Television & Film

LEGEND PASSES AWAY – We Say Goodbye to George Clayton Johnson

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“I want to be remembered as someone who early on in his life took control of his life… When someone expects certain behaviors from me, I will frustrate their expectations.” – George Clayton Johnson, 1929-2015

George Clayton Johnson, co-author of Logan’s Run, writer of seven Twilight Zone episodes, and author of what became the main inspiration of Ocean’s Eleven, has passed away at age eighty-six.

True to his above quote from an interview for TV Archive, his life was a whirlwind in his early years. From the army to a brief stint in the study of architecture at what is now Auburn University, to eventually settling down in Los Angeles, Johnson proved that he is meant to be remembered as both a science fiction legend for his work on Star Trek, AND as a horror legend for his hand in creating two of the most iconic alternate universes in Twilight Zone history.

George Clayton Johnson, author of several Twilight Zone episodes, Logan’s Run, and wrote what would become the inspiration for the Ocean’s Eleven series and remake. The episode of Star Trek that he wrote, “The Man Trap”, ended up being the first one aired. While he originally preferred to have the salt-consuming monsters be more hallucinatory — perhaps a nod to his old Cafe Frankenstein hang out — he managed to tweak the script to perfectly fit what the show needed — a monster like none had seen before.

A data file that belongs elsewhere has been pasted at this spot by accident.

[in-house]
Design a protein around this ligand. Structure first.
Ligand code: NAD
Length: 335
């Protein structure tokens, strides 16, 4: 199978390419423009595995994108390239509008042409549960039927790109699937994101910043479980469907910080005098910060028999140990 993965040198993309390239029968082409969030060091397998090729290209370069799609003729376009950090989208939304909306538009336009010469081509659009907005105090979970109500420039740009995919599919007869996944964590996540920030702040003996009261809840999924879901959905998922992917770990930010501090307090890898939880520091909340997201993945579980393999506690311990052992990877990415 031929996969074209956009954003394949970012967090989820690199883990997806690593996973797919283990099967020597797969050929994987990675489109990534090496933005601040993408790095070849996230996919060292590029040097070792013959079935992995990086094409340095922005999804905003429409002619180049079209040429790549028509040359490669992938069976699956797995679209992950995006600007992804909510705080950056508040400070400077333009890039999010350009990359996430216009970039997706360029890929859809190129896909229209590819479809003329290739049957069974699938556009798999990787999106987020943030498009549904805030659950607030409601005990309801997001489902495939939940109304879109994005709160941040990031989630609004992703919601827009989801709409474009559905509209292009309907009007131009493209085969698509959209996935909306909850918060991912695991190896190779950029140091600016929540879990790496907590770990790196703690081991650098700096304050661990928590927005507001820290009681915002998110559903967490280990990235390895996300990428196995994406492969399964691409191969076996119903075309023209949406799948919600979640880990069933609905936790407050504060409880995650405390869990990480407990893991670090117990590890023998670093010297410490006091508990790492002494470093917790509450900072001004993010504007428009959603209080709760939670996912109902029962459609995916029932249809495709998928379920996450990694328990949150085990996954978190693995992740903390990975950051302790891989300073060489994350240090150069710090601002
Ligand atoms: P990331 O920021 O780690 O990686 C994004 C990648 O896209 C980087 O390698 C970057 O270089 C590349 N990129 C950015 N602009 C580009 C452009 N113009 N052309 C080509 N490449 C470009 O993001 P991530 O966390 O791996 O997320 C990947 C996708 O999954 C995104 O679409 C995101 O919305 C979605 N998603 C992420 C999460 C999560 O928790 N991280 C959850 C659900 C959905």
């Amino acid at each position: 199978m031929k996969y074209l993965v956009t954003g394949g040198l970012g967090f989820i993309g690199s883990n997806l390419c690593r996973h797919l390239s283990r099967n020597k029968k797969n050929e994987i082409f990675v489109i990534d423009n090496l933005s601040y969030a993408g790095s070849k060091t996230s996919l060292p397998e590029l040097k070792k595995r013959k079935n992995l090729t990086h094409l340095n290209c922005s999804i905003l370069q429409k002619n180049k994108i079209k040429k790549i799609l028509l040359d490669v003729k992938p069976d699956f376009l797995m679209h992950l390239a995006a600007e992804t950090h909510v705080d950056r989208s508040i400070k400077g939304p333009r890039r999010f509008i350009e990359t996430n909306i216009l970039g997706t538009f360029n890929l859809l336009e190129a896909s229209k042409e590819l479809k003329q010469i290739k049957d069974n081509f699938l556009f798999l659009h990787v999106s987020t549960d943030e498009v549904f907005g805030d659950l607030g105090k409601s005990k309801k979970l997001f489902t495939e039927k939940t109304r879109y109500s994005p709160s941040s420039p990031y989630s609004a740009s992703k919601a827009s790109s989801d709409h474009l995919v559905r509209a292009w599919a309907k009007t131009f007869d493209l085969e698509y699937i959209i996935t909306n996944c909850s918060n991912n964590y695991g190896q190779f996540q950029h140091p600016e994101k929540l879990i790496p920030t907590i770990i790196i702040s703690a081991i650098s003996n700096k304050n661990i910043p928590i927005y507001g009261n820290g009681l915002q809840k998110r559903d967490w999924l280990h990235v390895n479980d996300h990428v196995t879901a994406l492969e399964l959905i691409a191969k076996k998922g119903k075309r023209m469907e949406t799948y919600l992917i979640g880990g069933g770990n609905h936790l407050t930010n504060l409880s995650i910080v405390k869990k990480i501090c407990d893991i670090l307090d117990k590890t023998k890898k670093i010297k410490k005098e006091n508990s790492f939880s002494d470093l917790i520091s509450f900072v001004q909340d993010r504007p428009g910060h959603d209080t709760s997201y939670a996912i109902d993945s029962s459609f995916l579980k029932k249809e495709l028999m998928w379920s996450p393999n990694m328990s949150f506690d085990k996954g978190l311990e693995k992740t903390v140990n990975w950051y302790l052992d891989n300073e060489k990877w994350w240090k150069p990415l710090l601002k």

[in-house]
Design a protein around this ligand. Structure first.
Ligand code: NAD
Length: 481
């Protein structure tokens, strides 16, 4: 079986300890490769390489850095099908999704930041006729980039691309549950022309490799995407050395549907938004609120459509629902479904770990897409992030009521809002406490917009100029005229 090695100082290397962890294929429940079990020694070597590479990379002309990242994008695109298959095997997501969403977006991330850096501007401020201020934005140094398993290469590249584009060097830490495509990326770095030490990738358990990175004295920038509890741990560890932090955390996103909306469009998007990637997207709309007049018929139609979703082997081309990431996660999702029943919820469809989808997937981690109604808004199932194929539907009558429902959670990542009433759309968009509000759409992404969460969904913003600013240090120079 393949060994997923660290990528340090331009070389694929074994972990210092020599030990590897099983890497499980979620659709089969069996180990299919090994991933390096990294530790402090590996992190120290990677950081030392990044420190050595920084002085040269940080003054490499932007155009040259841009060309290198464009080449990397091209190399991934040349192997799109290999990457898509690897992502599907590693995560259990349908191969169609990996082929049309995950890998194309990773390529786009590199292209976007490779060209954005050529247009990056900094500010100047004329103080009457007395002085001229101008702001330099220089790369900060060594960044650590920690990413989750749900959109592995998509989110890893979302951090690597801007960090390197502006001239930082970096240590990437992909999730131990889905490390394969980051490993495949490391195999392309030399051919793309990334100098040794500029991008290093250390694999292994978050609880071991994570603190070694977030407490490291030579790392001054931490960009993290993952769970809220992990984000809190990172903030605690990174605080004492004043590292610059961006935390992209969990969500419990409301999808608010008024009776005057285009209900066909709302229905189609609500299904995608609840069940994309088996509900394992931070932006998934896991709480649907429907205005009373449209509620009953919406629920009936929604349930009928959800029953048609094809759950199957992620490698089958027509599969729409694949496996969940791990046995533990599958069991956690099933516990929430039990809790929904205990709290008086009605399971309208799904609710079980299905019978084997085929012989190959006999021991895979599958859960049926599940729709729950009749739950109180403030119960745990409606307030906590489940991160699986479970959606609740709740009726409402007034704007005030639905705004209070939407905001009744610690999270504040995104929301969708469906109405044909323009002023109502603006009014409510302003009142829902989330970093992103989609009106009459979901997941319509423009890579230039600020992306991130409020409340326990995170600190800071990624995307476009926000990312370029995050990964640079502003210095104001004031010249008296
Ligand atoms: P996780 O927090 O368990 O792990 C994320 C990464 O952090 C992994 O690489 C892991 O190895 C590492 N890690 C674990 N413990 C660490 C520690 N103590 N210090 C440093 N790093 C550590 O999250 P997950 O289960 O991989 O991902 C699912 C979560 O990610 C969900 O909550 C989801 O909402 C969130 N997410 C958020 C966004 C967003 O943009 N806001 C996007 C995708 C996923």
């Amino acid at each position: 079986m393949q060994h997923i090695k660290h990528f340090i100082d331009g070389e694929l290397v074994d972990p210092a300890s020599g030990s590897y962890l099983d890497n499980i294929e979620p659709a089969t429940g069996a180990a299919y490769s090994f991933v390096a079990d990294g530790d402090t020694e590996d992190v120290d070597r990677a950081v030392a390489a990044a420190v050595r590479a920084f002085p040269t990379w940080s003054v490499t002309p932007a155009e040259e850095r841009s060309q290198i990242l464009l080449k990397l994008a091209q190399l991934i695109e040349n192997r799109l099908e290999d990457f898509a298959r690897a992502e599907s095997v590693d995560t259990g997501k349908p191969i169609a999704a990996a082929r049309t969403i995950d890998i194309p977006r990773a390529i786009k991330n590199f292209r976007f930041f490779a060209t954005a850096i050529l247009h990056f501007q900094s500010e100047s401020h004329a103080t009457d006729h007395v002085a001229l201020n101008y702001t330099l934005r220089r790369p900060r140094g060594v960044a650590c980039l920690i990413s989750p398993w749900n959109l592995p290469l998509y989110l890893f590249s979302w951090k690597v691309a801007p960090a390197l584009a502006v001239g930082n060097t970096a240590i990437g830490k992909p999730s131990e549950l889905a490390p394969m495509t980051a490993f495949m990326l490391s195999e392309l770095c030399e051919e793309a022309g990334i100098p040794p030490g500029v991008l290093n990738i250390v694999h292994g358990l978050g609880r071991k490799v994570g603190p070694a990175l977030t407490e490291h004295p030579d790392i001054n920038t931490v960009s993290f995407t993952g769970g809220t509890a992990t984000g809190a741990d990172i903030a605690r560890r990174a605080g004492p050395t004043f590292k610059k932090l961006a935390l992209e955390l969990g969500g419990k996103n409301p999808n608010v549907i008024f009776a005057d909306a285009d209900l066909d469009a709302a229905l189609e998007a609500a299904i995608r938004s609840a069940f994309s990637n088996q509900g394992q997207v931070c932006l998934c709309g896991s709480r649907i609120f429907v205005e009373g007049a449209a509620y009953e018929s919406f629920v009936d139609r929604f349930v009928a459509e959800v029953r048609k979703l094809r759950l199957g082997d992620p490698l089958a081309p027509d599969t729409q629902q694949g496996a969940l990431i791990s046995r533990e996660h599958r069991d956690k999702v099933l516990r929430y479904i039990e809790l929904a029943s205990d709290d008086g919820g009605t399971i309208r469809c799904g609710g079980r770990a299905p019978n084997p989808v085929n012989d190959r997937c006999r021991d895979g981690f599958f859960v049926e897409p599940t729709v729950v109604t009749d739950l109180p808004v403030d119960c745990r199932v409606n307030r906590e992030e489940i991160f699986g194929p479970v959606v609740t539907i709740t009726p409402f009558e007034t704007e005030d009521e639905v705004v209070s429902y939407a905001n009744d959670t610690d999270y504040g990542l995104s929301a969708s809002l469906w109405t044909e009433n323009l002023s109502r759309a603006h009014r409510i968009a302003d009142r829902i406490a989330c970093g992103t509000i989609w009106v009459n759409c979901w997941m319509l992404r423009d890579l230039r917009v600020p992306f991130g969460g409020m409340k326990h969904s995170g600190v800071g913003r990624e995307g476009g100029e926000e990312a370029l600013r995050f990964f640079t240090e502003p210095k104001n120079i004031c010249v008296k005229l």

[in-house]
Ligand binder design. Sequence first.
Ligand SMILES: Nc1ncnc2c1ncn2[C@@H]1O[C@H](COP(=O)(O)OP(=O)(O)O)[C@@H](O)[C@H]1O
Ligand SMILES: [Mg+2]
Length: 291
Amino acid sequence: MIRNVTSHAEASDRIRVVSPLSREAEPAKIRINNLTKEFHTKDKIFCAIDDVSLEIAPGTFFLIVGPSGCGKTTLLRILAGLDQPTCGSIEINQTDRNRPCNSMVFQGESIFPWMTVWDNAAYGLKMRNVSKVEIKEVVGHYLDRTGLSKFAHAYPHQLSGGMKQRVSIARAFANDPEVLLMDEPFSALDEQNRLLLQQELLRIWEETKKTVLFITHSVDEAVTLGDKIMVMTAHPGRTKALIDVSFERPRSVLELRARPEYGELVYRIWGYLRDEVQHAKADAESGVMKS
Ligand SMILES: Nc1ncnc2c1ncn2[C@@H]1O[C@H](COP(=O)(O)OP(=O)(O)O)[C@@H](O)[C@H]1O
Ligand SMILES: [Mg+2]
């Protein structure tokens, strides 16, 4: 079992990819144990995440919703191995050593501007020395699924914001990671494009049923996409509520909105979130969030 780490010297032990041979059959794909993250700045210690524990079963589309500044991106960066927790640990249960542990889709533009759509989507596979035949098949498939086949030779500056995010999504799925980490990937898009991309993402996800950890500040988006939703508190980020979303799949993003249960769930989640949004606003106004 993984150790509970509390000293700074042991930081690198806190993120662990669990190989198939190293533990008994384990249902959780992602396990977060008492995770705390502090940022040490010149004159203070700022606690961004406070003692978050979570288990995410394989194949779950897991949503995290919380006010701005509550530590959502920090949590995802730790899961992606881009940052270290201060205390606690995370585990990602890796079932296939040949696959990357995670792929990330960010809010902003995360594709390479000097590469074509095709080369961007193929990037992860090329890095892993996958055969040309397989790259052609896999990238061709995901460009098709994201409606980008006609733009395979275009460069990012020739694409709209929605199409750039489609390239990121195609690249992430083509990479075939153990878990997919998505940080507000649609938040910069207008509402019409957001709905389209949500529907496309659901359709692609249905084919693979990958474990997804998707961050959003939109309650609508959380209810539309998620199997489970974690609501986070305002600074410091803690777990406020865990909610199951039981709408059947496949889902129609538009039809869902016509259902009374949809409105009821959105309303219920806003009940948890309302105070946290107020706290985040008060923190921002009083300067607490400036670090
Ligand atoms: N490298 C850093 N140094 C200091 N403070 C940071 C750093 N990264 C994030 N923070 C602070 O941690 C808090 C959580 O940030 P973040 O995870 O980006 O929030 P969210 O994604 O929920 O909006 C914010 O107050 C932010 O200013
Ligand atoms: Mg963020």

His creativity and imagination for the truly terrifying even raised concerns with sponsor General Mills, causing them to shy away from an episode of The Twilight Zone that he had written and sold to Rod Serling. This episode, known to fans as the “Lost Episode”, was later changed and adapted for a comic book series entitled Deepest Dimension Terror Anthology. 

Other notable works include Icarus Montgolfier Wright, a television script written with fellow author Ray Bradbury, Alfred Hitchcock Presents: “I’ll Take Care of You“, seven additional episodes of The Twilight Zone, as well as several entries in various anthropologies. For a full list of George Clayton Johnson’s accomplishments and further reading, see his IMDB page here.

While many classic fans of science fiction and horror alike grieve over the loss of Johnson, he is survived by a son, Paul, a daughter, Judy, and wife Lola. May he boldly go where no living man has gone before.

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